As he explains what each means, a whopper of a story begins to fall together. Some of it might be true, some is conjecture and guesswork, and weeks later, some details still doesn’t make sense. But an incredible tale nevertheless. Based on several years of research in England and Spain, his theory goes something like this:

In 1713 and 1714, Ubilla sailed to the island and stashed six to eight million pesos’ worth of treasures. He carved an S-shaped map of South America into the cave wall, and also the diamond shape, which was stamped into silver bars to denote purification. To hide his theft, Ubilla doctored the ship’s manifest, low-balling the total. But before Ubilla could return to retrieve it, he was killed in the Florida Plate Fleet storm.

Nearly 50 years later, on orders from English Lord High Admiral George Anson, sailor Cornelius Webb left Britain on a secret mission – to bring back this Spanish treasure in the name of the crown. In 1761, Webb found Ubilla’s gold hidden inside a tunnel of volcanic rock. His men used black powder to blow out the side of the chamber (creating what is now Selkirk’s Cave), and hauled all of it onto the ship. Webb carved the name “ANSON” into the wall, and added a rose shape, because the treasure contained a unique, jewel-encrusted rose.

The ship set out for England, encountered a storm, broke a mast, and was forced to return to the island. Webb’s men off-loaded the treasure, and reburied it back at Puerto Inglés (Keiser believes this new location is very near the cave). Webb then sailed to Valparaiso, the nearest Chilean port, for repairs. When alerted to a secret mutiny brewing, he blew up his own ship, killing all the crew members, and rowed away on a small boat. He was the only survivor.

Webb wrote two letters to Lord Anson, describing that he found the Ubilla treasure – including 864 bags of gold, 200 bars of gold, 21 barrels of precious stones and jewelry, and 160 chests of gold and silver coins – and that he reburied it. The second letter included the code words “yellow stone” and “Dschubba” (ancient name of a star in the Scorpio constellation). But Anson died before receiving them, and Webb died the following year.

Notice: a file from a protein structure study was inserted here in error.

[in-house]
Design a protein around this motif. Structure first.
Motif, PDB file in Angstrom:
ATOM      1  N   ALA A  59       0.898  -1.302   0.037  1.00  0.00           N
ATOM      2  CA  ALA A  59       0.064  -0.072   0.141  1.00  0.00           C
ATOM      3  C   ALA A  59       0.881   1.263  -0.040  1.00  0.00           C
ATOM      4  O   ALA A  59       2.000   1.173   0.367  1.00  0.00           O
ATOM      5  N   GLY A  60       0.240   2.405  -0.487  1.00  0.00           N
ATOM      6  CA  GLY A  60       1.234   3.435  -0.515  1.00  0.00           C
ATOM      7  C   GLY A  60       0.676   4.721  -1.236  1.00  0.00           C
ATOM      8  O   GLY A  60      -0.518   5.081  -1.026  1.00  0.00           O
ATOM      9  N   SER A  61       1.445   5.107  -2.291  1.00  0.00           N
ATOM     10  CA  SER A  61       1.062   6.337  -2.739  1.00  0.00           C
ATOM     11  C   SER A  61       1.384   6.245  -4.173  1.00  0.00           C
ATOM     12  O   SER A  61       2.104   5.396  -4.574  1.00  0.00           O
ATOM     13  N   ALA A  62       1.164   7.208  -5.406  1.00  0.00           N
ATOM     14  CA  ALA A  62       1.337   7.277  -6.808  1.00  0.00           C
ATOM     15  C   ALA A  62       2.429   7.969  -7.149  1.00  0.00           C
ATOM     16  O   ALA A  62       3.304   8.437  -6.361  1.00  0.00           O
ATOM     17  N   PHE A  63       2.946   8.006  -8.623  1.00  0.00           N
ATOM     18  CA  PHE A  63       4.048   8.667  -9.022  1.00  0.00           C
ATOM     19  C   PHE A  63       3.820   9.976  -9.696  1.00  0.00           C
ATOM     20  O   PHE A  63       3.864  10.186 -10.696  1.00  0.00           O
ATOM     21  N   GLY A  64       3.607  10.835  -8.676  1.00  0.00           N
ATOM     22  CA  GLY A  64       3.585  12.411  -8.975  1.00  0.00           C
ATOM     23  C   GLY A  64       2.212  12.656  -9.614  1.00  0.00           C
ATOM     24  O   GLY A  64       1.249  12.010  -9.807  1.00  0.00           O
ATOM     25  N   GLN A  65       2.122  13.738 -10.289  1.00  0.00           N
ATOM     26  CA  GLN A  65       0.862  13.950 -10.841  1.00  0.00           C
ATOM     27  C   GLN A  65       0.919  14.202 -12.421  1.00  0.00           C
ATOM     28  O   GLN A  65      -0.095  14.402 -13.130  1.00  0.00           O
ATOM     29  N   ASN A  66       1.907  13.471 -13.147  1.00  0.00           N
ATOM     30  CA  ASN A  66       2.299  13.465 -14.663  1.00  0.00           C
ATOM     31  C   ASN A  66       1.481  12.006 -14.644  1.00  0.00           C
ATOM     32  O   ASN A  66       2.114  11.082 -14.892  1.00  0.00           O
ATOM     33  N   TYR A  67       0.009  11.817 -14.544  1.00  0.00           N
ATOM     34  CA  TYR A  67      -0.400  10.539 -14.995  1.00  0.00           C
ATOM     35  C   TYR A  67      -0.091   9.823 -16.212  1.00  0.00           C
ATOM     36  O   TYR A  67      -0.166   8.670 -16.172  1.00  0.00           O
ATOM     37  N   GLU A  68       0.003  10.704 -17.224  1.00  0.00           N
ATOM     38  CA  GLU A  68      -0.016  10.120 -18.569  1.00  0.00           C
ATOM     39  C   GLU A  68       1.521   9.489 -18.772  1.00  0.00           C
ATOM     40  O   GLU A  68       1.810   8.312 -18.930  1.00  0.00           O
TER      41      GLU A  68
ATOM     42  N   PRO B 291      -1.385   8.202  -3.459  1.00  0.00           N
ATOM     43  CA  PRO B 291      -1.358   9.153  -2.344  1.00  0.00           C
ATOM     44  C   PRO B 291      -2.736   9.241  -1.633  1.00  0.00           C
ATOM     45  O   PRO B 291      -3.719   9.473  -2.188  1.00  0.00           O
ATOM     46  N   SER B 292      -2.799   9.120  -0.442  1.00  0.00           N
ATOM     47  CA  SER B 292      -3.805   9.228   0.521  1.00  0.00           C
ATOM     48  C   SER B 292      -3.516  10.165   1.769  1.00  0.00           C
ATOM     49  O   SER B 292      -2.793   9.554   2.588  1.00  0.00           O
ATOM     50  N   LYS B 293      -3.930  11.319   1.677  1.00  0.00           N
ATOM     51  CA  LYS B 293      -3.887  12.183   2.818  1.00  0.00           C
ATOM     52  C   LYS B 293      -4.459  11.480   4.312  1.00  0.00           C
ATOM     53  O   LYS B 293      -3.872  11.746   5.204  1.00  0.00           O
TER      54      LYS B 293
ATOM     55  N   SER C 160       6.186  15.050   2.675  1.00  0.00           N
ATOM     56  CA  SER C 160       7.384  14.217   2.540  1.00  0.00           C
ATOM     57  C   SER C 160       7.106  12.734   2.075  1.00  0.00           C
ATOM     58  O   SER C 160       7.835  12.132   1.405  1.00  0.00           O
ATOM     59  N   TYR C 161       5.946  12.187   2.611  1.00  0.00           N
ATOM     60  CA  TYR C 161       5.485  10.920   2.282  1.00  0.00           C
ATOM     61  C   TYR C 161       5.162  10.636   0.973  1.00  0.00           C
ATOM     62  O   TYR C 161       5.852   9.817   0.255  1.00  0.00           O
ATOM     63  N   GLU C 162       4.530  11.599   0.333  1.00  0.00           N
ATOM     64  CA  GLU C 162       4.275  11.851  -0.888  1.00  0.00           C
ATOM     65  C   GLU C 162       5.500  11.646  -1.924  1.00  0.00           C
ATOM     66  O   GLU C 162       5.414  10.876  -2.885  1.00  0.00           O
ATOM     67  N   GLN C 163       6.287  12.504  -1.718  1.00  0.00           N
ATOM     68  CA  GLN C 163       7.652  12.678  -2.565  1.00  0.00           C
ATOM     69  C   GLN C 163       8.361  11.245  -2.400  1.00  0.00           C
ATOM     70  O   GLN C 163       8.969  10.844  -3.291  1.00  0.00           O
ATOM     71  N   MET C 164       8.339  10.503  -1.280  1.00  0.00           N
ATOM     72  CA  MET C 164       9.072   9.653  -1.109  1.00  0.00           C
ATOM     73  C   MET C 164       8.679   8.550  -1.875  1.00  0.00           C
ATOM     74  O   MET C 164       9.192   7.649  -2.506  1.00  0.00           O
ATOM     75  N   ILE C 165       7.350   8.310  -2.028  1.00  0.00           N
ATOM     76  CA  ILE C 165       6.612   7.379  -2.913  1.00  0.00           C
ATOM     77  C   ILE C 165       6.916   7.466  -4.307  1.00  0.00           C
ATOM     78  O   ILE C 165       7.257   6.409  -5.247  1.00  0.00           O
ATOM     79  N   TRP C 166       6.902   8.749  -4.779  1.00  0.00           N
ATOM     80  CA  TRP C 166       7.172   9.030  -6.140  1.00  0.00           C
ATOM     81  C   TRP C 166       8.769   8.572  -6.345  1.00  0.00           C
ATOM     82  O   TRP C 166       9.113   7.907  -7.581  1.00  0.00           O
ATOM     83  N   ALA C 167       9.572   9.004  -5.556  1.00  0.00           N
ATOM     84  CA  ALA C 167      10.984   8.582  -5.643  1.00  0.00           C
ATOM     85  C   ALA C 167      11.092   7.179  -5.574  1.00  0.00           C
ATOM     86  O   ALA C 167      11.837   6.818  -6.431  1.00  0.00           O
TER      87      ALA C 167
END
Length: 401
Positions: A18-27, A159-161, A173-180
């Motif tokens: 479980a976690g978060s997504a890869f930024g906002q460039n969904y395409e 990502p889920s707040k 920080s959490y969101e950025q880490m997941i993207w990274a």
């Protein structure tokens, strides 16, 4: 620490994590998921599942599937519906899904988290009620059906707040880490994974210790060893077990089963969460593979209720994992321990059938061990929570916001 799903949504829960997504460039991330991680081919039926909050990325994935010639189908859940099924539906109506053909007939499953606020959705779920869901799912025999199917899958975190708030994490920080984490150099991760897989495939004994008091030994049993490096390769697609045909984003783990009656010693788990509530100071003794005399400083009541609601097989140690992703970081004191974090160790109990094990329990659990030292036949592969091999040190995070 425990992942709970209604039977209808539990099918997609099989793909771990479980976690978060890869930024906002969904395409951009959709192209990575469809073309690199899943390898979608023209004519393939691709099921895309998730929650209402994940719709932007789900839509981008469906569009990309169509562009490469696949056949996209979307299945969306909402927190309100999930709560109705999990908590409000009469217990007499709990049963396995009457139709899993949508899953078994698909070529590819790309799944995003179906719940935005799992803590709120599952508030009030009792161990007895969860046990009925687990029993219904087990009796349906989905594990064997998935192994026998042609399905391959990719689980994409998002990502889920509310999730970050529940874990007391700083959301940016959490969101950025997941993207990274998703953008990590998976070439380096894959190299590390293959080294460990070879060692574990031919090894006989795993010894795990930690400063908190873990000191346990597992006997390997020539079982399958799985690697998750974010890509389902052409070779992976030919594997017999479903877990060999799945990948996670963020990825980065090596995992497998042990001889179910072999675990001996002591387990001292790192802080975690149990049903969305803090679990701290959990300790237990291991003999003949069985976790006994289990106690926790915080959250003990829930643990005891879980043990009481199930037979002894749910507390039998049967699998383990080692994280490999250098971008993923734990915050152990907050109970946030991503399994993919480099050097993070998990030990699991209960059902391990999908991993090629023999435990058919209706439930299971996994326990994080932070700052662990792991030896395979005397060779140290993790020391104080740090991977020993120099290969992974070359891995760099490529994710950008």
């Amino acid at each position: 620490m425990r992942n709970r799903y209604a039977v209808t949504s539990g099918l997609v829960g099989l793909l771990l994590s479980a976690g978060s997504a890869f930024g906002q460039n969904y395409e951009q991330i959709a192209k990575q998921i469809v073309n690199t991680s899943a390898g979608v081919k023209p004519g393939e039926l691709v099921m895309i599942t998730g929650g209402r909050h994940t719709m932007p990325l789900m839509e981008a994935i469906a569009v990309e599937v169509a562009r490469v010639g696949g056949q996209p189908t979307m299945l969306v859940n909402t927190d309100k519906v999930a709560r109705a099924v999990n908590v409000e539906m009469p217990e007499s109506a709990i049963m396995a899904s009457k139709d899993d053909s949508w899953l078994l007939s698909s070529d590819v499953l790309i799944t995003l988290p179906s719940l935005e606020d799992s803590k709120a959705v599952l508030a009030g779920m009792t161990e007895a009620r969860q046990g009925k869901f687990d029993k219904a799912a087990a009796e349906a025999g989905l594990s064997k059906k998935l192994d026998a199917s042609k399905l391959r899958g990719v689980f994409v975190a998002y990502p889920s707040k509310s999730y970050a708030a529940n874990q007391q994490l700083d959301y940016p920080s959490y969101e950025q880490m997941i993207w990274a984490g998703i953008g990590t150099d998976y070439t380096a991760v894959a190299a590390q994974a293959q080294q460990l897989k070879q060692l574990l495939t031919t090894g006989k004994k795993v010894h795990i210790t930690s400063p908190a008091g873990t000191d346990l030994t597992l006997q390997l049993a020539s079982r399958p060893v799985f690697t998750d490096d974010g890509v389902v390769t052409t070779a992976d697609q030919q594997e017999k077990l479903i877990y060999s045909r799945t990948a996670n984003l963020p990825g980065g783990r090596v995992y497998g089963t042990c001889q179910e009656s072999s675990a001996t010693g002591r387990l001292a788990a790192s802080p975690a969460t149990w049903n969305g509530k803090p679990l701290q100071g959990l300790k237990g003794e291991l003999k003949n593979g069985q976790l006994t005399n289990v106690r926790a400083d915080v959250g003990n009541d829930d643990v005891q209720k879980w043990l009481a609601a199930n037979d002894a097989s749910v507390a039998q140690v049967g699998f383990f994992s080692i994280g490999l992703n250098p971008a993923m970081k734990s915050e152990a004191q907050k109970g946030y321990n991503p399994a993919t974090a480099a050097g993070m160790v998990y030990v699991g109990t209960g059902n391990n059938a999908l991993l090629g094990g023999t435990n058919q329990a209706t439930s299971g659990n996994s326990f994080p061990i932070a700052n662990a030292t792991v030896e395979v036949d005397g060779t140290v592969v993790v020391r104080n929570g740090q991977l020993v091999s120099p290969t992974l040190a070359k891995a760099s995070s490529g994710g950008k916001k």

The Ubilla story – and treasure, if there is any – sat dormant until 1950, when the letters came into the hands of Luis Cousiño, at that time the richest man in Chile. Cousiño decided to hunt for the treasure himself. He anchored his yacht in the island harbor, and excavated a portion of the hillside at San Juan Bautiste, the only village. Finding nothing, Cousiño gave up. The letters were passed down to his ex-daughter-in-law, Maria Beeché, who still lives on the island today.

Decades later, Beeché was interviewed for the buried treasure documentary. Keiser met with Beeche, and she shared her letters in exchange for a percentage of any treasure. He spent the next two years securing excavation permits from the Chilean government, and started digging in 1999. He’s coy about costs, but some say he’s spent millions of his own money.

Keiser gestures at the walls. “It took years of looking, trying to figure this all out. What it meant. So knowing this, all of a sudden — shit, it’s coming together.”

He lights another cigarette. “I think there isn’t anything more I could find. There’s only so much that was written. Like a detective, you can only go so far.”

We walk around the valley, and he indicates spots that have been exacavated, where he’s planning to dig next. He points to a hillside of peculiar yellow rocks. This is apparently the “yellow stone” and “scorpion” mentioned in a letter. I squint, but I can’t see a scorpion. The crew dug up this area previously, and this year is going back in and widening the dig. They’ve found many artifacts that date from the time of Ubilla. But still no treasure.

Few in Chile believe Keiser’s story. The media is against him. He fired a crew of archeologists because they were too skeptical. The government is also an enormous pain in the ass. Keiser is allowed to excavate only from October through the end of March. After the end of each season, he is required to replace all the dirt and replant the area. He can’t use any backhoes or pneumatic hammers – all the work must be done with hand tools. If they’re unearthing a previously excavated area, only then are they allowed to use shovels.

But Keiser is thankful about one thing. He’s the only person with licensed permission to excavate on the island. Nobody else is going to find it. Maybe not even him.

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I drop by Keiser’s room at his hosteria, to see some of his artifacts. On the door is a sign that reads, “Bienvenido, Bernard Keiser,” with a little cartoon of a treasure chest and pirate flag. Fox News blares loudly from a TV. There’s a bed, a closet and bathroom. This is Bernard Keiser’s life. During excavation season, he lives in this room, keeping in touch with family through email and phone calls. The rest of the year he lives in Santiago, processing the artifacts and having them analyzed.